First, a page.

#AzureStack

Azure Stack User Defined Routing Problem

Azure Stack User Defined Routing Problem

I'm writing this post to highlight a problem I've encountered with User Defined Routes/Route Tables, and their implementation on Azure Stack. I'll not go into detail on when to use UDR's; the official documentation does a great job of that: https://docs.microsoft.com/en-us/azure/virtual-network/virtual-networks-udr-overview#custom-routes

Typically you would use a UDR within an Azure Stack tenant's VNet when you want to direct internet bound traffic via a third party network virtualized appliance (e.g. Firewall).

Adding Public IP Pools to Azure Stack

Adding Public IP Pools to Azure Stack

Azure Stack offers the ability to add Public IP Pools should the one you provided when the installation took place not be sufficient for your needs going forward.  Typically this will be the case when an operator starts to receive alerts in the Admin portal like this:

OK, so this may be an intermittent warning, happening once every so often.  If so, I suggest there's no need to take any action.  However, if you get an alert warning of 90% utilization across all pools, it's time to take action, and that is to look into adding an extra pool.

Azure to Azure Stack site-to-site IPSec VPN tunnel failure... after 8 hours

no-disconnect.png

We had a need to create a site-to-site VPN tunnel for a POC from Azure Stack to Azure.  It seemed pretty straight forward.  Spoiler alert, obviously I'm writing this because it wasn't. The tunnel was created okay, but each morning it would no longer allow traffic to travel across it.  The tunnel would show connected in Azure and in Azure Stack but traffic just wouldn't flow; ping, SSH, RDP, DNS and AD all wouldn't work.  After some tinkering we found we would have to change the connection's sharedkey value to something random, save it, then change it back to the correct key.  This only worked from the Azure Stack side of the connection, to re-initiate successfully and allow traffic to flow again (or recreate the connection from scratch).  It would work for another 8 hours and then fail to pass traffic again.

My suspicion was the re-keying, as this would explain why it worked at first and would fail the next day (everyday, for the last 5 days).  I tried using VPN diagnostics on the Azure side, as they don't currently support VPN diagnostics on Azure Stack (we are on update 1805).  After reviewing the IKE log there were some errors, but it was hard to find something to tell me what was going wrong, more specifically something I could do to fix it.  Below is the IKE log file I collected through the VPN diagnostics from Azure.

IKEAzureLog.png

I logged a case with Microsoft support.  The first support person did their best.  While Microsoft can identify the endpoints they are connecting to, from Azure, they do not have permission to dig any deeper and look into the contents of our subscriptions hosted on Azure Stack.  I was asked to change the local VPN gateways from specific subnets to be the entire vnet address space.  While it worked initially, again it failed after 8 hours.

The support engineer collected some network traffic and other logs and forwarded the case to an Azure Stack support engineer. Once the call was assigned they asked me to connect to the privileged endpoint (PEP) and we proceeded with breaking the glass to Azure Stack to troubleshoot.  The engineer gave me a few PowerShell commands to run to investigate what was going on.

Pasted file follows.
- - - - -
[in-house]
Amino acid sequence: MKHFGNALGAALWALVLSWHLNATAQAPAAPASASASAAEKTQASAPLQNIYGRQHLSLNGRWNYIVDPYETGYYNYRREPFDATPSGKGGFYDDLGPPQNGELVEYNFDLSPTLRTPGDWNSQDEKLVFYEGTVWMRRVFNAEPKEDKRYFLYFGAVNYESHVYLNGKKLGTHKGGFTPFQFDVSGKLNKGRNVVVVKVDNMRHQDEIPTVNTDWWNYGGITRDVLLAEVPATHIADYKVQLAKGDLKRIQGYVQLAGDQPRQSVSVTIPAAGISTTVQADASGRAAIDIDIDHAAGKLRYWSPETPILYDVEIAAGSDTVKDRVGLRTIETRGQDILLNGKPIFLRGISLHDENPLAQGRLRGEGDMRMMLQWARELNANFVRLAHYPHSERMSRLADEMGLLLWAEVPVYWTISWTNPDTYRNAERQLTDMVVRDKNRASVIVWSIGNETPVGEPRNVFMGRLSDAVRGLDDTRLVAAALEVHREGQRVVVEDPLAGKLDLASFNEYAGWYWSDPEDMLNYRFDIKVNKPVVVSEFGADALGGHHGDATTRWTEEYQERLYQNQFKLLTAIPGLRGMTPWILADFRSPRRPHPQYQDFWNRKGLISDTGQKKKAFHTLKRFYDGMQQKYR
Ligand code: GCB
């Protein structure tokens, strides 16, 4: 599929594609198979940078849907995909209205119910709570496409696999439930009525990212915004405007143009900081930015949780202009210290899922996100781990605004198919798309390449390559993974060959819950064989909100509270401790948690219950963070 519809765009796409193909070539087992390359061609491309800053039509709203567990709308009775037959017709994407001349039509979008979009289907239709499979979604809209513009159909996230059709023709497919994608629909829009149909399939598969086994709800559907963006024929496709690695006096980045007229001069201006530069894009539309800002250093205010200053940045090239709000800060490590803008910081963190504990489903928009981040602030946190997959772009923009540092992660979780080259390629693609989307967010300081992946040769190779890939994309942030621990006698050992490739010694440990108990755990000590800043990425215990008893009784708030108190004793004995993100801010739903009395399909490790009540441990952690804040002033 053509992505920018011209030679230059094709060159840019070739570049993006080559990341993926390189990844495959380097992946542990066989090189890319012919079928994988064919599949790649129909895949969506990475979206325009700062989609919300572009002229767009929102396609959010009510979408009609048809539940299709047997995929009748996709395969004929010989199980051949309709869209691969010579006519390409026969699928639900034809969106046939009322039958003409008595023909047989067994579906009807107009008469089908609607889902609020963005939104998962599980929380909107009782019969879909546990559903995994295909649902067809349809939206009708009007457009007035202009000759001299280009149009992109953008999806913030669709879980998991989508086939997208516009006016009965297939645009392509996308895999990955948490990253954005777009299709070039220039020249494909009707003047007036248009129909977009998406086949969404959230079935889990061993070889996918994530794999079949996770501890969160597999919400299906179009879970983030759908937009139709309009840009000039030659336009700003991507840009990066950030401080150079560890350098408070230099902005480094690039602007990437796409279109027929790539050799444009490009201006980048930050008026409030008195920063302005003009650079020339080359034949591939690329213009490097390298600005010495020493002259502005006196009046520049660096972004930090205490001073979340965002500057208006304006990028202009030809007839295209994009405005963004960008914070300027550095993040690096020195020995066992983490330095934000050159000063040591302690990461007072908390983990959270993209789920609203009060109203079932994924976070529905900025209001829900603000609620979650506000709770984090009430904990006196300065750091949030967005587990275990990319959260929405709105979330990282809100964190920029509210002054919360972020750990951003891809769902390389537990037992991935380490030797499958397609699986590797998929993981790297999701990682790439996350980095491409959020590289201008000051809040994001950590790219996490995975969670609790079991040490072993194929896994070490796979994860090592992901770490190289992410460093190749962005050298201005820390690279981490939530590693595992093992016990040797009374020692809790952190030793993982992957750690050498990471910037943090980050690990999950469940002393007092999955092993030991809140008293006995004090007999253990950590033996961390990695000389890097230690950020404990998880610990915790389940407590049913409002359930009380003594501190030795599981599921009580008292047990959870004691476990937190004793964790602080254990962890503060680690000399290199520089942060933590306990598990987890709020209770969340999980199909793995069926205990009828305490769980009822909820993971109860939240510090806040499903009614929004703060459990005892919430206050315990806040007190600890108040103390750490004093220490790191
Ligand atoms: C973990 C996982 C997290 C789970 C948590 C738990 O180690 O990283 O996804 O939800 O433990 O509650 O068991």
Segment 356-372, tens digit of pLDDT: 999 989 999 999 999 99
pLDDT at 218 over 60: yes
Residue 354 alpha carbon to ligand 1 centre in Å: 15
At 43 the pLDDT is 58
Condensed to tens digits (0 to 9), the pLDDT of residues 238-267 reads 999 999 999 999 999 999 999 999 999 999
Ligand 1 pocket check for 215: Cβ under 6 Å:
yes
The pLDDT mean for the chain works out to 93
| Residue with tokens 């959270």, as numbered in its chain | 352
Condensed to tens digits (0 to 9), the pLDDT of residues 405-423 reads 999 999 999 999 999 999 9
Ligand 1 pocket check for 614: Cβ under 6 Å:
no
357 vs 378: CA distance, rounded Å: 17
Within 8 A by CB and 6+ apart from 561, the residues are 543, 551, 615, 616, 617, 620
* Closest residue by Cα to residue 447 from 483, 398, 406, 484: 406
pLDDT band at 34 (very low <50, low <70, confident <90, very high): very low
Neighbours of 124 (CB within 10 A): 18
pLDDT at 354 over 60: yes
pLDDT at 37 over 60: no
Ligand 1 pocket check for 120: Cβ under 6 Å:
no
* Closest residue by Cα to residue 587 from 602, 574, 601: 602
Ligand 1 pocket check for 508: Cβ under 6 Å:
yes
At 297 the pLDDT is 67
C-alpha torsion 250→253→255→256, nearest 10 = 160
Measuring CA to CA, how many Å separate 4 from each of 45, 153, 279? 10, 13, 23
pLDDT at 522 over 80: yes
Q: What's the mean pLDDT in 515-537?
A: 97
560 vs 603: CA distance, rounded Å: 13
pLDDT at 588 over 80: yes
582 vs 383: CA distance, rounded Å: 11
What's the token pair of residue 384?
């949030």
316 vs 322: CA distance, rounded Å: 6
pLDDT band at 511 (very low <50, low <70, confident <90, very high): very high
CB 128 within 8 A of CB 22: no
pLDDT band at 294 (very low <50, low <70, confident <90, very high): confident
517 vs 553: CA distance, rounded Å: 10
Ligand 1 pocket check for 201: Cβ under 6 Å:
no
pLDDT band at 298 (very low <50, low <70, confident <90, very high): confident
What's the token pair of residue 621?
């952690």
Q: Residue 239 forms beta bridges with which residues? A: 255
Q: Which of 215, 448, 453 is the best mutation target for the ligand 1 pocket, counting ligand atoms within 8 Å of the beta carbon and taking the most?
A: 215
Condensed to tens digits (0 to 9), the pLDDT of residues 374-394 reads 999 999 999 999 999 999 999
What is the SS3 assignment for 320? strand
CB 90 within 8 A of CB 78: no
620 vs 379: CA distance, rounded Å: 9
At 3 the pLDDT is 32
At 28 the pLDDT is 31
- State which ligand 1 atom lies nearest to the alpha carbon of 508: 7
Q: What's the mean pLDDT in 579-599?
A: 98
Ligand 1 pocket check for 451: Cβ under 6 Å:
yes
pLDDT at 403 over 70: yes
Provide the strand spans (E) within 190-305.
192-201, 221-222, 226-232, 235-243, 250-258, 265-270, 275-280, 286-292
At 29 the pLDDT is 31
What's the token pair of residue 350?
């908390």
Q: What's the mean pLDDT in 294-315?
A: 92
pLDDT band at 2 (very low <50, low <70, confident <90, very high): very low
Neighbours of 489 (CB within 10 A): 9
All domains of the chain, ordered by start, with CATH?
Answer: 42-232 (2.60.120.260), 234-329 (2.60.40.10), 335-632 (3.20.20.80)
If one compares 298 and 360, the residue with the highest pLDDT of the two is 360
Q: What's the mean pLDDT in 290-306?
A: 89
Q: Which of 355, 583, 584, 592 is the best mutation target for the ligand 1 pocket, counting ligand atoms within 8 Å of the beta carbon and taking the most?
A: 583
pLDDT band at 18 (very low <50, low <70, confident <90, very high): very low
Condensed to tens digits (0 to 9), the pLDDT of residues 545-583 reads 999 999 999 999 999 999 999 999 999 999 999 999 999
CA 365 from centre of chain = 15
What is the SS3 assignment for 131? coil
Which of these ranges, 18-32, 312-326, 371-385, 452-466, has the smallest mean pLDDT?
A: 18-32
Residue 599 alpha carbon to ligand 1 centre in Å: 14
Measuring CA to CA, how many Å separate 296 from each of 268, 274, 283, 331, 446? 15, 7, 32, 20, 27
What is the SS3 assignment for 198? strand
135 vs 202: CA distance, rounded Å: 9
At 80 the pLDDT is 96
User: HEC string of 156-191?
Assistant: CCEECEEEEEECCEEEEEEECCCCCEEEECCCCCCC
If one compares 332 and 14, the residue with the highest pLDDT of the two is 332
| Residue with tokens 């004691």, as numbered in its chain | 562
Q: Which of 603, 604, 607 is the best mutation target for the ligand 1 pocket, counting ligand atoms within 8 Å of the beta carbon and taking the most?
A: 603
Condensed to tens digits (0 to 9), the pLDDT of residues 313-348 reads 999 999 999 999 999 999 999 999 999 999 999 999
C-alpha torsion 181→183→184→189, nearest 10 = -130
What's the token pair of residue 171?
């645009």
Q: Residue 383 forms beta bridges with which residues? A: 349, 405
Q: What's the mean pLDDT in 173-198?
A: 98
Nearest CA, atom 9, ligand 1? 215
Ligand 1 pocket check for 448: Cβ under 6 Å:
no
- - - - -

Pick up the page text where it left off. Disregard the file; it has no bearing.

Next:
#First find out which of the VPN gateways is active. icm Azs-gwy01,Azs-gwy02 { get-vpns2sinterface }

#Check Quick Mode Key Exchange icm Azs-gwy01 { get-netIpsecQuickModeSA } 

#Check Main Mode Key Exchange icm Azs-gwy01 { get-netIpsecMainModeSA }

The Microsoft engineer had a hunch of exactly what he was looking for and was on point. The commands showed that the Quick mode key exchange had failed to complete the refresh, yet the Main Mode had succeeded.  This explained why the tunnel was up but no traffic could flow across it.

quickmode.png

We rebooted the active VPN gateway so the tunnels would fail-over to the second gateway.  Logging was on by default so we just had to wait for the next timeout to occur.  When it did I was given the task of collecting and uploading the logs from the PEP.

etlLogs-281x300.png

These logs are a series of ETL files that need to be processed by Microsoft to make sense of them.  Fortunately it turned up the following log entries.

ikeext.png

As commented above, the root cause was that the PFS and CipherType setting were incorrect on the Azure VPN gateway.  I was given a few PowerShell commands to run against the Azure Subscription to reconfigure the IPSec policy for the connection on the Azure side to match the policy of the VPN gateway and connection on Azure Stack.


$RG1 = 'RESOURCE GROUP NAME' $CONN = 'CONNECTION NAME' $GWYCONN = Get-AzureRmVirtualNetworkGatewayConnection -Name $CONN -ResourceGroupName $RG1 $newpolicy  = New-AzureRmIpsecPolicy -IkeEncryption AES256 -IkeIntegrity SHA256 -DhGroup DHGroup2 -IpsecEncryption GCMAES256 -IpsecIntegrity GCMAES256 -PfsGroup PFS2048 -SALifeTimeSeconds 27000 -SADataSizeKilobytes 33553408 Set-AzureRmVirtualNetworkGatewayConnection -VirtualNetworkGatewayConnection $GWYCONN -IpsecPolicies $newpolicy 

vpnsku.jpg

Almost there.  When I tried to run the command, the basic Sku doesn't allow for custom IPSec policies.  Once I changed the Sku from basic to standard the command worked and the tunnel has been up and stable.

While this is any easy fix that anyone can run against their Azure subscription without opening a support ticket, this does incur a cost difference.  Hopefully in the future these policies will match out-of-the-box between Azure and Azure Stack so every consumer can use the basic VPN Sku to connect Azure Stack to Azure over a secure tunnel.